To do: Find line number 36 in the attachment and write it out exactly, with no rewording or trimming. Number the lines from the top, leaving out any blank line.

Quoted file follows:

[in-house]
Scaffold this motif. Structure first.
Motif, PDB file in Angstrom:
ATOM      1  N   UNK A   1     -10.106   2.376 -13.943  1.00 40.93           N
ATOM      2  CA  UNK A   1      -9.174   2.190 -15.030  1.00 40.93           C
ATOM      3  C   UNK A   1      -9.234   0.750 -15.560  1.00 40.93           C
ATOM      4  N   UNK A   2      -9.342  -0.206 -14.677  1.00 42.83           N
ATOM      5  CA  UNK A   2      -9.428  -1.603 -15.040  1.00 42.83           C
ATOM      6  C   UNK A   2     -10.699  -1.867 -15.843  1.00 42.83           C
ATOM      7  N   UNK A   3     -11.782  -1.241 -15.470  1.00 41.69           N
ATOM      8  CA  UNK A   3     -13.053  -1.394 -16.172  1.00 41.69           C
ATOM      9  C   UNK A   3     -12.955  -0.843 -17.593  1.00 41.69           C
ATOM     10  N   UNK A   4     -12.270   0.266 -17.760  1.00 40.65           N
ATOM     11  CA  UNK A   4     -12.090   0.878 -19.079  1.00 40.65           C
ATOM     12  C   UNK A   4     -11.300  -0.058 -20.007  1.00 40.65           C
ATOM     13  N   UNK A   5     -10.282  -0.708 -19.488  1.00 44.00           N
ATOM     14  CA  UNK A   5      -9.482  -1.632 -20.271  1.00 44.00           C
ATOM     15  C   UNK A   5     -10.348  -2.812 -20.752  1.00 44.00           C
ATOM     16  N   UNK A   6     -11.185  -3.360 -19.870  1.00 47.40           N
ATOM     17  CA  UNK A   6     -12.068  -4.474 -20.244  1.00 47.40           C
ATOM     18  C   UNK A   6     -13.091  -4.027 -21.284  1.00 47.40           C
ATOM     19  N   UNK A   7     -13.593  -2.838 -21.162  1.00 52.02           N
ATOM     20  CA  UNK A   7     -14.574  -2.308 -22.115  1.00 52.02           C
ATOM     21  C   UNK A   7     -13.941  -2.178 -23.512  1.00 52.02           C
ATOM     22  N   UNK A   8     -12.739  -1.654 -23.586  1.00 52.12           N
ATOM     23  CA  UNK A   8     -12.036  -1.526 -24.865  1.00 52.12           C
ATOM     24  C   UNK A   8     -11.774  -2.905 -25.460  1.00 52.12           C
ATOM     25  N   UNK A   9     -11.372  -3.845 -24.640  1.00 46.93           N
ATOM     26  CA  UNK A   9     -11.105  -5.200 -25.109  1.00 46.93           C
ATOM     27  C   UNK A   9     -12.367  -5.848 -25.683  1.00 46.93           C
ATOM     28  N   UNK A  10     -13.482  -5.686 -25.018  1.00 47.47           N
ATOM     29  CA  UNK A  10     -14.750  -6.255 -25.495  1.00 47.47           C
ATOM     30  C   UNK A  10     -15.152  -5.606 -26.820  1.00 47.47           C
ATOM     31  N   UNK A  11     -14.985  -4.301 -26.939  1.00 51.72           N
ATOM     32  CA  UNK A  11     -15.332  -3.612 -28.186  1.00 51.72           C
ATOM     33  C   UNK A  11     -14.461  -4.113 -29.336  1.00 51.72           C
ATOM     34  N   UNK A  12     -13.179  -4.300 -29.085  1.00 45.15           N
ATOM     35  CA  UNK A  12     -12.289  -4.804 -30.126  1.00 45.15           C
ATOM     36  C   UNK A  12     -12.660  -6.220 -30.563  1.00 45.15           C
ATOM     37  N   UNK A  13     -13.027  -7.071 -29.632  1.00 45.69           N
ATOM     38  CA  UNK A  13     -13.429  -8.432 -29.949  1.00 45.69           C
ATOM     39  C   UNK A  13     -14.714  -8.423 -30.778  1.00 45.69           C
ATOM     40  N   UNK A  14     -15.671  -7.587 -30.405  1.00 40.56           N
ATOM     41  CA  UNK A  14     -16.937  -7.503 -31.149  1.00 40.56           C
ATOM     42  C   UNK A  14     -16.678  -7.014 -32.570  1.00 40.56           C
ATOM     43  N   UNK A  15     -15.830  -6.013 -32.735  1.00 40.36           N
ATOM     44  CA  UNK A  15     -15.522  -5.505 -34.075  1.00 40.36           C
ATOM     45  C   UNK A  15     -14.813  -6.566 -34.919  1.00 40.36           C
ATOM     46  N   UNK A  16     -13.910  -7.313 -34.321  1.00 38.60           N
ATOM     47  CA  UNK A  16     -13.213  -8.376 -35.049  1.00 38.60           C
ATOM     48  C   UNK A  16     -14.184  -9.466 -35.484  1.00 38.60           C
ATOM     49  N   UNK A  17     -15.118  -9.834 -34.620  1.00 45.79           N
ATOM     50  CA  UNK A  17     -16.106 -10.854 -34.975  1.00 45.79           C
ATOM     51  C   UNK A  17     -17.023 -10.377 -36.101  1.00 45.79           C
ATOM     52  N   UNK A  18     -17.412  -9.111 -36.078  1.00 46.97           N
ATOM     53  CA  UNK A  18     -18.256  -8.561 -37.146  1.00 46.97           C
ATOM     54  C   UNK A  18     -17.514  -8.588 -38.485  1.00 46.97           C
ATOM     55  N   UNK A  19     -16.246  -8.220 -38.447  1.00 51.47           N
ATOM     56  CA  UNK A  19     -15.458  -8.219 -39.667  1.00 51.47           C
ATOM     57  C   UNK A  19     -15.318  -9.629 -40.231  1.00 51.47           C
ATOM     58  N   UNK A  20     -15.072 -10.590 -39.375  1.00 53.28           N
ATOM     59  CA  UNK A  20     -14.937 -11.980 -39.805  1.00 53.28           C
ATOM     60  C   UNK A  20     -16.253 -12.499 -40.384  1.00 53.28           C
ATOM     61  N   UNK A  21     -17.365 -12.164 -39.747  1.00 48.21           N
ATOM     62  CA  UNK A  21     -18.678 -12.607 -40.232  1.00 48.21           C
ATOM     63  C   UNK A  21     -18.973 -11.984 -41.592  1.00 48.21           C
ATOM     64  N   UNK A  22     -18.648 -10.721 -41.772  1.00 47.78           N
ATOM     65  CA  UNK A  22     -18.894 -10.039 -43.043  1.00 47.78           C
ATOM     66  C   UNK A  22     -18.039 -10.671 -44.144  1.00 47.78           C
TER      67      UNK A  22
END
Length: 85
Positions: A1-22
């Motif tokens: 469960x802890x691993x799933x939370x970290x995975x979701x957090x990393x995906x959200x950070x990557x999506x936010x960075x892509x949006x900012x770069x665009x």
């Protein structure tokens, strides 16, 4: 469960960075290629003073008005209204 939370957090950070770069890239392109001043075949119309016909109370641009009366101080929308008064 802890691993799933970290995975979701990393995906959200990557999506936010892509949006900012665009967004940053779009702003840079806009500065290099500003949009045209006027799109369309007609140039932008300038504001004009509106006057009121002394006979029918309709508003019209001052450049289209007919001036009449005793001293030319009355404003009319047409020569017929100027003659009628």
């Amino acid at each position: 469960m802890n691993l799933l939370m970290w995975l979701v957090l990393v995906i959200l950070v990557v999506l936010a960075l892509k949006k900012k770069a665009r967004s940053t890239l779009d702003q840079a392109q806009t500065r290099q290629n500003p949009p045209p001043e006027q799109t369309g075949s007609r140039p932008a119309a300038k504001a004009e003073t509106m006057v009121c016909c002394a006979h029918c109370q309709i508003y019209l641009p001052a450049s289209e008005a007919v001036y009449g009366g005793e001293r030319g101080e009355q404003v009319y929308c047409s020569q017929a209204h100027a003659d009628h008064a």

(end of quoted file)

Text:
ATOM     33  C   UNK A  11     -14.461  -4.113 -29.336  1.00 51.72           C